The phrase “like father, like son” applies to many things, including aircraft ownership.
Fred Ramin of Houston grew up flying in his father’s Luscombe Sedan. A few years ago the younger Ramin purchased a fully restored 1948 Luscombe 11A Silvaire Sedan of his own. He was more than happy to show off the show-quality airplane during last summer’s AirVenture, but was quick to note that he is the airplane’s caretaker, not the restorer.
“I got it from couple in California, Bill and Bridget Wright. They got it from the owner who did the restoration in the late 1980s,” Ramin said as he carefully wiped dust from the cowling. “It takes a lot to keep it clean, but it’s a labor of love.”
All during Oshkosh the cream and burgundy Luscombe Silvaire Sedan was surrounded by people who couldn’t get enough of the attention to detail. The knobs on the panel are polished and have the “S” monogram. The needlepoint pillows and sunshade are color coordinated to match the upholstery. The registration number, NC1666B, is on the underside of the wings, which was common back in the day.
Ramin’s interest in Luscombes began in childhood.
“My dad was a fan of Luscombes back in the 1960s and 1970s,” he recalled. “He had friends who had them, and he had one of the smaller ones. Then in the early 1970s my brother and I were born. In the late 1970s my dad got a Luscombe Sedan so he had room to haul us around. We still have the airplane, but it’s not flying right now because it needs maintenance.”
Between 1977 and 1995 the Ramin family Luscombe Sedan was a regular visitor to Oshkosh.
“It wasn’t pretty, but it was unique,” said Ramin. “It had scratches and fading paint, but it still attracted attention because many people had never seen one because it is so rare. The factory rolled out about 92 of them between 1948 and 1949. Of those airplanes, there are about 25 to 30 still in existence. Of those, no more than 10 or 12 are flyable.”
Although the Luscombe factory ceased operations in the 1960s, the airplane still has quite a following. Don Luscombe was one of the first aircraft designers to create an enclosed cockpit metal airplane. The idea was to make travel by air as comfortable as travel by car. There are many similarities between a luxury car of the late 1940s and the Luscombe Sedan, especially in the appointment details.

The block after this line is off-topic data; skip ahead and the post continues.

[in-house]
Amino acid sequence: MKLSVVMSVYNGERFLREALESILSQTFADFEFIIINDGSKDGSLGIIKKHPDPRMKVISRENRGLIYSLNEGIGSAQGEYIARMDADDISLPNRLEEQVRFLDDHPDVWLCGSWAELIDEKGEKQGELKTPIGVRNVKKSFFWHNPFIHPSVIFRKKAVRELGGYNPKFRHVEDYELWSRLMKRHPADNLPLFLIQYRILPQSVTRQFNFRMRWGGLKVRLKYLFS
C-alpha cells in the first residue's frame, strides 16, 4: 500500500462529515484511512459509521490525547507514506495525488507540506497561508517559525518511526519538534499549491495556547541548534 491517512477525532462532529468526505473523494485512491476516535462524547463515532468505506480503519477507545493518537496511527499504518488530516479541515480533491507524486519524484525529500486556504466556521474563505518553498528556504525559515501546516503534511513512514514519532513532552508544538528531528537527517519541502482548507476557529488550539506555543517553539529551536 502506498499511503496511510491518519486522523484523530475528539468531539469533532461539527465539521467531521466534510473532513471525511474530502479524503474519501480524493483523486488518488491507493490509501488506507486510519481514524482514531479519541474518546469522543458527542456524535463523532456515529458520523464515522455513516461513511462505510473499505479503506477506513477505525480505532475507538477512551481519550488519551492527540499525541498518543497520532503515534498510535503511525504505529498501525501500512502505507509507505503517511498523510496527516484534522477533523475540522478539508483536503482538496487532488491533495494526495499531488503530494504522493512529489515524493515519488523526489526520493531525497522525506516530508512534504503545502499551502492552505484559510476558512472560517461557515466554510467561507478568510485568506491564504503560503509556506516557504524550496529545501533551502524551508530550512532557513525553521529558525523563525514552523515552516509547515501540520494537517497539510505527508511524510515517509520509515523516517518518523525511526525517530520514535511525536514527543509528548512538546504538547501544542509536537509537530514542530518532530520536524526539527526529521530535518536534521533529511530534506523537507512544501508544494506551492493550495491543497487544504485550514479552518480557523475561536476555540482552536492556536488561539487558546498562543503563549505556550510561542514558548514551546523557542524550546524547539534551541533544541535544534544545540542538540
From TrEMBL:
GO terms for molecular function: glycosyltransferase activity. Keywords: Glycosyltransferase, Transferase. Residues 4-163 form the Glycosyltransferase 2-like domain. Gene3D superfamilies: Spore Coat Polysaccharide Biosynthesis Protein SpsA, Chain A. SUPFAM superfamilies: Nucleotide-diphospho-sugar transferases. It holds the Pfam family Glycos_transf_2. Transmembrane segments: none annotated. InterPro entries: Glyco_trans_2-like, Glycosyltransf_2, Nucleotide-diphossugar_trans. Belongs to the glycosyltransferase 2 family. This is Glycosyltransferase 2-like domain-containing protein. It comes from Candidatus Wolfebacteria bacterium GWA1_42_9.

“It was built at a time when manufacturers wanted airplanes to look and feel like automobiles, and automobiles to look like airplanes,” Ramin explained. “The hardware inside, the ash trays, trim and the window cranks came from a Cadillac.”
According to Ramin, the owners that did the restoration on his plane took special care to dress it up.
“When they rolled out of the factory they didn’t have wheel pants,” he said. “The engine is not the original, but it is an E-series six cylinder like they had. This one is a 185-hp engine. Originally the Luscombes came with a 165-hp engine. Most of the fleet is still flying, but they have 185-hp engines on them.”
One of the more interesting additions to the airplane is a second venturi.
“The previous owner added that because the engine accessory case didn’t allow for a vacuum system, so the owner added an additional venturi for a turn and bank indicator,” he said. “It will pull five inches of vacuum.”
Ramin adds that with the second venturi the airplane could be flown in clouds but, despite his instrument rating, he doesn’t want to do that.
“I don’t want to take it into weather and I am pretty sure the previous owners didn’t want to do it either,” he said with a smile, adding that he enjoys going to shows and sharing the airplane with visitors.
“The Luscombe Sedan has the two kinds of beauty that attract visitors at Oshkosh: It’s pretty and its unusual,” he said.
For more information: Luscombe.org